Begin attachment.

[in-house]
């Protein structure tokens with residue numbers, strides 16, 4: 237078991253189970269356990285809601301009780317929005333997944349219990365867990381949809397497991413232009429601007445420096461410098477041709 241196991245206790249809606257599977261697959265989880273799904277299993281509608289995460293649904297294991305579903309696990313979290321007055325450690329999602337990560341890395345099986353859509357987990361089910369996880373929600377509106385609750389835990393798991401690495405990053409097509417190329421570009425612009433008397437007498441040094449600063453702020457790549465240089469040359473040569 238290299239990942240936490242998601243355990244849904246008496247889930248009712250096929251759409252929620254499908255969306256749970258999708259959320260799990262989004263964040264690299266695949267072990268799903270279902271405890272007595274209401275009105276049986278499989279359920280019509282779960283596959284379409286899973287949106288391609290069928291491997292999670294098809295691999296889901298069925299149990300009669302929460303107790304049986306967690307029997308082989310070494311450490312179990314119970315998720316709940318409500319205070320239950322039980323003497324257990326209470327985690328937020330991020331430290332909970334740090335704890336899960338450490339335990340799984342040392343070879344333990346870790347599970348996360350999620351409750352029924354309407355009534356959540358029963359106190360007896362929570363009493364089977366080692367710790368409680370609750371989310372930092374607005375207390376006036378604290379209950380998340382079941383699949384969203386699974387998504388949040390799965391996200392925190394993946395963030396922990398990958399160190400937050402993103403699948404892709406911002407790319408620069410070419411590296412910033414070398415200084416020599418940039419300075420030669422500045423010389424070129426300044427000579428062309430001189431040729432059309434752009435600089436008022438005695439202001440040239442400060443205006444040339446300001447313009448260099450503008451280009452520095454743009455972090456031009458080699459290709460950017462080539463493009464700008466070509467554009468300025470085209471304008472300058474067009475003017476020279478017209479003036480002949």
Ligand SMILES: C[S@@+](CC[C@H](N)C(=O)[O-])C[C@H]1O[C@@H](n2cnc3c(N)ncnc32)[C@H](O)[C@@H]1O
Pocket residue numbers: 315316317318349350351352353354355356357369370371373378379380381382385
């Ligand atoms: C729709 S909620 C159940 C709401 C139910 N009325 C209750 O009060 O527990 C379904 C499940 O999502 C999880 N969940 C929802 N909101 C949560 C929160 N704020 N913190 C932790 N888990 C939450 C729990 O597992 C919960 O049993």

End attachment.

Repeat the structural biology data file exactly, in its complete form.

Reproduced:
[in-house]
């Protein structure tokens with residue numbers, strides 16, 4: 237078991253189970269356990285809601301009780317929005333997944349219990365867990381949809397497991413232009429601007445420096461410098477041709 241196991245206790249809606257599977261697959265989880273799904277299993281509608289995460293649904297294991305579903309696990313979290321007055325450690329999602337990560341890395345099986353859509357987990361089910369996880373929600377509106385609750389835990393798991401690495405990053409097509417190329421570009425612009433008397437007498441040094449600063453702020457790549465240089469040359473040569 238290299239990942240936490242998601243355990244849904246008496247889930248009712250096929251759409252929620254499908255969306256749970258999708259959320260799990262989004263964040264690299266695949267072990268799903270279902271405890272007595274209401275009105276049986278499989279359920280019509282779960283596959284379409286899973287949106288391609290069928291491997292999670294098809295691999296889901298069925299149990300009669302929460303107790304049986306967690307029997308082989310070494311450490312179990314119970315998720316709940318409500319205070320239950322039980323003497324257990326209470327985690328937020330991020331430290332909970334740090335704890336899960338450490339335990340799984342040392343070879344333990346870790347599970348996360350999620351409750352029924354309407355009534356959540358029963359106190360007896362929570363009493364089977366080692367710790368409680370609750371989310372930092374607005375207390376006036378604290379209950380998340382079941383699949384969203386699974387998504388949040390799965391996200392925190394993946395963030396922990398990958399160190400937050402993103403699948404892709406911002407790319408620069410070419411590296412910033414070398415200084416020599418940039419300075420030669422500045423010389424070129426300044427000579428062309430001189431040729432059309434752009435600089436008022438005695439202001440040239442400060443205006444040339446300001447313009448260099450503008451280009452520095454743009455972090456031009458080699459290709460950017462080539463493009464700008466070509467554009468300025470085209471304008472300058474067009475003017476020279478017209479003036480002949």
Ligand SMILES: C[S@@+](CC[C@H](N)C(=O)[O-])C[C@H]1O[C@@H](n2cnc3c(N)ncnc32)[C@H](O)[C@@H]1O
Pocket residue numbers: 315316317318349350351352353354355356357369370371373378379380381382385
């Ligand atoms: C729709 S909620 C159940 C709401 C139910 N009325 C209750 O009060 O527990 C379904 C499940 O999502 C999880 N969940 C929802 N909101 C949560 C929160 N704020 N913190 C932790 N888990 C939450 C729990 O597992 C919960 O049993």